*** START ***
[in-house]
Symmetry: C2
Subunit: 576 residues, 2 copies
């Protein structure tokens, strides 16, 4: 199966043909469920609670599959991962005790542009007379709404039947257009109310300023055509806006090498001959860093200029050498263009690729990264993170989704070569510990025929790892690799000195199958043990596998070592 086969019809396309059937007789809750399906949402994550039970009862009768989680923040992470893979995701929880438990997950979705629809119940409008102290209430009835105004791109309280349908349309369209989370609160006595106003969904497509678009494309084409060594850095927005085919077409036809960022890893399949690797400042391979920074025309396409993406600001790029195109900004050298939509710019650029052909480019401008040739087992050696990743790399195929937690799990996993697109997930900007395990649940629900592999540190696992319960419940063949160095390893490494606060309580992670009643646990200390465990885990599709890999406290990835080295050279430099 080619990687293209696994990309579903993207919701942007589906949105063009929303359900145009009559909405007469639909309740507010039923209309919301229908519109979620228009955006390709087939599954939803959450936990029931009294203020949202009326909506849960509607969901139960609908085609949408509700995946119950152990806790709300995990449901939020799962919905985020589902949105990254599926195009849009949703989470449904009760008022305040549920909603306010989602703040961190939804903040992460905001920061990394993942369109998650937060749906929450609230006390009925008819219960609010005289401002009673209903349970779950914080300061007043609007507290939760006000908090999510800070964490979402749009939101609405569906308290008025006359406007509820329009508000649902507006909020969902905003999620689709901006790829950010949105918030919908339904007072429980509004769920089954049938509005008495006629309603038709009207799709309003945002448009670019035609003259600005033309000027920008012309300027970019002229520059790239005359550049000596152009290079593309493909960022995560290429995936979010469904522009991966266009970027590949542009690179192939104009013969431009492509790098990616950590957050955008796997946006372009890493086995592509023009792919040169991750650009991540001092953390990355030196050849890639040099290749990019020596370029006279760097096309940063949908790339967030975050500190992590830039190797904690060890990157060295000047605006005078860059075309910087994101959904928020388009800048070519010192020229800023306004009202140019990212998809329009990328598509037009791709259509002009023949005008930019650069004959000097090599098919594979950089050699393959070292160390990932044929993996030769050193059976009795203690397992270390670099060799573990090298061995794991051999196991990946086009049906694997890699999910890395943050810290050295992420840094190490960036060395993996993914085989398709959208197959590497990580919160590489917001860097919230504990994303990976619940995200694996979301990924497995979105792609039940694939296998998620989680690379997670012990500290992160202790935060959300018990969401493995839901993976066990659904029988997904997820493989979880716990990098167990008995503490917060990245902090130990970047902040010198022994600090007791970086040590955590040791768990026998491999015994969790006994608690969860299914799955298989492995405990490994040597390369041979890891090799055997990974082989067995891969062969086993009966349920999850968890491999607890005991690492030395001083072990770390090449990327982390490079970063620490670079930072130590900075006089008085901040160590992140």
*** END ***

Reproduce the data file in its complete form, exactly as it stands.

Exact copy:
[in-house]
Symmetry: C2
Subunit: 576 residues, 2 copies
């Protein structure tokens, strides 16, 4: 199966043909469920609670599959991962005790542009007379709404039947257009109310300023055509806006090498001959860093200029050498263009690729990264993170989704070569510990025929790892690799000195199958043990596998070592 086969019809396309059937007789809750399906949402994550039970009862009768989680923040992470893979995701929880438990997950979705629809119940409008102290209430009835105004791109309280349908349309369209989370609160006595106003969904497509678009494309084409060594850095927005085919077409036809960022890893399949690797400042391979920074025309396409993406600001790029195109900004050298939509710019650029052909480019401008040739087992050696990743790399195929937690799990996993697109997930900007395990649940629900592999540190696992319960419940063949160095390893490494606060309580992670009643646990200390465990885990599709890999406290990835080295050279430099 080619990687293209696994990309579903993207919701942007589906949105063009929303359900145009009559909405007469639909309740507010039923209309919301229908519109979620228009955006390709087939599954939803959450936990029931009294203020949202009326909506849960509607969901139960609908085609949408509700995946119950152990806790709300995990449901939020799962919905985020589902949105990254599926195009849009949703989470449904009760008022305040549920909603306010989602703040961190939804903040992460905001920061990394993942369109998650937060749906929450609230006390009925008819219960609010005289401002009673209903349970779950914080300061007043609007507290939760006000908090999510800070964490979402749009939101609405569906308290008025006359406007509820329009508000649902507006909020969902905003999620689709901006790829950010949105918030919908339904007072429980509004769920089954049938509005008495006629309603038709009207799709309003945002448009670019035609003259600005033309000027920008012309300027970019002229520059790239005359550049000596152009290079593309493909960022995560290429995936979010469904522009991966266009970027590949542009690179192939104009013969431009492509790098990616950590957050955008796997946006372009890493086995592509023009792919040169991750650009991540001092953390990355030196050849890639040099290749990019020596370029006279760097096309940063949908790339967030975050500190992590830039190797904690060890990157060295000047605006005078860059075309910087994101959904928020388009800048070519010192020229800023306004009202140019990212998809329009990328598509037009791709259509002009023949005008930019650069004959000097090599098919594979950089050699393959070292160390990932044929993996030769050193059976009795203690397992270390670099060799573990090298061995794991051999196991990946086009049906694997890699999910890395943050810290050295992420840094190490960036060395993996993914085989398709959208197959590497990580919160590489917001860097919230504990994303990976619940995200694996979301990924497995979105792609039940694939296998998620989680690379997670012990500290992160202790935060959300018990969401493995839901993976066990659904029988997904997820493989979880716990990098167990008995503490917060990245902090130990970047902040010198022994600090007791970086040590955590040791768990026998491999015994969790006994608690969860299914799955298989492995405990490994040597390369041979890891090799055997990974082989067995891969062969086993009966349920999850968890491999607890005991690492030395001083072990770390090449990327982390490079970063620490670079930072130590900075006089008085901040160590992140």